Indigestion (dyspepsia) is a mild discomfort in the upper belly or abdomen,it occurs during or right after eating. It may feel like:
- A feeling of heat, burning, or pain in the area between the navel and the lower part of the breastbone
- An unpleasant feeling of fullness that comes on soon after a meal begins or when the meal is over
Indigestion is NOT the same as heartburn.
Dyspepsia; Uncomfortable fullness after meals
Most of the time indigestion is not a sign of a serious health problem unless it occurs with other symptoms. These may include bleeding, weight loss, or trouble swallowing.
Rarely, the discomfort of a heart attack is mistaken for indigestion.
Indigestion may be triggered by:
- Drinking too much alcohol
- Eating spicy, fatty, or greasy foods
- Eating too much (overeating)
- Eating too fast
- Stress or being nervous
- Eating high-fiber foods
- Smoking tobacco
- Drinking too much caffeine
Other causes of indigestion are:
- Gastritis (when the lining of the stomach becomes inflamed or swollen)
- Swelling of the pancreas (pancreatitis)
- Ulcers (stomach or intestinal ulcer)
- Use of certain medicinessuch as antibiotics, aspirin, and over-the-counter pain medicines (NSAIDs)
Changing the way you eat may help your symptoms. Steps you can take include:
- Allow enough time for meals.
- Chew food carefully and completely.
- Avoid arguments during meals.
- Avoid excitement or exercise right after a meal.
- Relax nd get rest if indegestionis caused by stress.
Avoid aspirin and other NSAIDs. If you must take them, do so on a full stomach.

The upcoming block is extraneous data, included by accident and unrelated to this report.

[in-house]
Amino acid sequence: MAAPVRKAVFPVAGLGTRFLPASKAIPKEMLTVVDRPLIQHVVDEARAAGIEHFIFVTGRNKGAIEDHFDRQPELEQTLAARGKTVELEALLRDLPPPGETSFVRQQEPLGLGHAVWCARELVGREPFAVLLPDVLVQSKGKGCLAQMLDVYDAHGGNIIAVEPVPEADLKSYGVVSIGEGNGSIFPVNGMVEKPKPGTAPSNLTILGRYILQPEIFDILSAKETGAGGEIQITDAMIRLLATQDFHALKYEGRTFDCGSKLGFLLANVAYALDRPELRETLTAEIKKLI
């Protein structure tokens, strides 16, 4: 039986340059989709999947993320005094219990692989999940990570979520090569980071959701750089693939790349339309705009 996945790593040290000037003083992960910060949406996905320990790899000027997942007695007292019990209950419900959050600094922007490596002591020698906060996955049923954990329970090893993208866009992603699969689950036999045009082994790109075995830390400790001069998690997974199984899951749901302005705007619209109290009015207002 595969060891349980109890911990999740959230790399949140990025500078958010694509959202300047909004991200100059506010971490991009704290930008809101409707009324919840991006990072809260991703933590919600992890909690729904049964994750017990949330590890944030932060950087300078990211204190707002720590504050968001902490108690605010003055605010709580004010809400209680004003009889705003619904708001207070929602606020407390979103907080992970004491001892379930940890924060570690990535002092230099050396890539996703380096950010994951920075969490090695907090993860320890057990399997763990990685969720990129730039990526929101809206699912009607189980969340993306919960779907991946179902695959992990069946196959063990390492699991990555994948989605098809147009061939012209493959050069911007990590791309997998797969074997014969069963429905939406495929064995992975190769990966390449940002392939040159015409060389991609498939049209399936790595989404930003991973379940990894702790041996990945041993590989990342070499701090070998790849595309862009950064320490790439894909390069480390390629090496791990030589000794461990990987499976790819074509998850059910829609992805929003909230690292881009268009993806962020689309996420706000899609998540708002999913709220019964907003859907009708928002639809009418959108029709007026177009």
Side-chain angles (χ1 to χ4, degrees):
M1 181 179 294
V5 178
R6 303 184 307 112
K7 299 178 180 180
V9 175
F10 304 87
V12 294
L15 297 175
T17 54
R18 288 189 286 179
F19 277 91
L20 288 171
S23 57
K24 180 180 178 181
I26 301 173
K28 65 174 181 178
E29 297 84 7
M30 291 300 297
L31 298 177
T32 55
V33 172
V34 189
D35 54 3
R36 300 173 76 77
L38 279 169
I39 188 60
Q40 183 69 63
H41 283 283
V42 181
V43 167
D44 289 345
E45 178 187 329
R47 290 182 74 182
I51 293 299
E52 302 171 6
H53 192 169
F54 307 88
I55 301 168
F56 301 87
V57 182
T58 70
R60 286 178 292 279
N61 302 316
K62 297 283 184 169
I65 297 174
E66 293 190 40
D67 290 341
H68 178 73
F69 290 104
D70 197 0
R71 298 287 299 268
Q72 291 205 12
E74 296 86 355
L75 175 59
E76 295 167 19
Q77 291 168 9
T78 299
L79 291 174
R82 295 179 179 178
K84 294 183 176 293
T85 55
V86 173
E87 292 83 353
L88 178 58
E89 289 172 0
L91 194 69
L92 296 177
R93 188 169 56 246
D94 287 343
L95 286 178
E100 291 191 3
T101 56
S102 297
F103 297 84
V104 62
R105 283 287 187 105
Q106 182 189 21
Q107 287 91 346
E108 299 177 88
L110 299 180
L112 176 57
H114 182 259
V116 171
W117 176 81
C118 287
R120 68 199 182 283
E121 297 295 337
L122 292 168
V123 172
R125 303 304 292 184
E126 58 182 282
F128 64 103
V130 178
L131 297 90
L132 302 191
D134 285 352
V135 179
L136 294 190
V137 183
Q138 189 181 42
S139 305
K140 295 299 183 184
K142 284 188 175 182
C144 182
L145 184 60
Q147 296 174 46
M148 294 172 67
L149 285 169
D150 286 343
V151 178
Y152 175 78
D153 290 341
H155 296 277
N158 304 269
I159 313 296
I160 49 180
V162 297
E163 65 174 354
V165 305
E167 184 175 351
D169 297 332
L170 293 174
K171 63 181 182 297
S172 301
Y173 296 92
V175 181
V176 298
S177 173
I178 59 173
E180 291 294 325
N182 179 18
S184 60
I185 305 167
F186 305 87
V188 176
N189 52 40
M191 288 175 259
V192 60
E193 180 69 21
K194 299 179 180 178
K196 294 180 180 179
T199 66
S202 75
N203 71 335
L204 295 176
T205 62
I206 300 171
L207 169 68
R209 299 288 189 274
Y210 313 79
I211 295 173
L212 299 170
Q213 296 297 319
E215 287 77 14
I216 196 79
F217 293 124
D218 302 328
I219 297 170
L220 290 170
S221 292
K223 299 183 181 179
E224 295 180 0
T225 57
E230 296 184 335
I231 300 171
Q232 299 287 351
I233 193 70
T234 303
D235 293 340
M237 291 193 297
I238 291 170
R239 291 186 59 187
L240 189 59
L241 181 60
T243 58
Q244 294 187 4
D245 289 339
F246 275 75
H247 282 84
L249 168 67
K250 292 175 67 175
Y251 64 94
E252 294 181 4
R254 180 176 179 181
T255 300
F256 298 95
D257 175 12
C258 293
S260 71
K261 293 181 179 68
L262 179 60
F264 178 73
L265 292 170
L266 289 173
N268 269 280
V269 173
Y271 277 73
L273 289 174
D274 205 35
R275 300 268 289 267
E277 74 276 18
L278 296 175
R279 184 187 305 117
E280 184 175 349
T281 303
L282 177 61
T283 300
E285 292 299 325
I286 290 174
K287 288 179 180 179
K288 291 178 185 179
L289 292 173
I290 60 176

Antacids may relieve indigestion.
Medicines you can buy without a prescription, such as ranitidine (Zantac) and omeprazole (Prilosec OTC) can relieve symptoms. Your doctor may also prescribe these medicines in higher doses or for longer periods of time.
Call your health care provider if
Call your health care provider if:
What to expect at your health care provider's office
Your doctor will perform a physical exam on the stomach area and digestive tract. You will be asked questions about your symptoms.You may have some tests.
- Ultrasound test of the abdomen
- Blood tests
ReferencesMayer EA. Functional gastrointestinal disorders: irritable bowel syndrome, dyspepsia, and functional chest pain of presumed esophageal origin. In: Goldman L, Schafer Al, eds. Cecil Medicine. 24th ed. Philadelphia, Pa: Saunders Elsevier; 2011:chap 139.
Reviewed By: David C. Dugdale, III, MD, Professor of Medicine, Division of General Medicine, Department of Medicine, University of Washington School of Medicine. Also reviewed by A.D.A.M. Health Solutions, Ebix, Inc., Editorial Team: David Zieve, MD, MHA, Bethanne Black, Stephanie Slon, and Nissi Wang.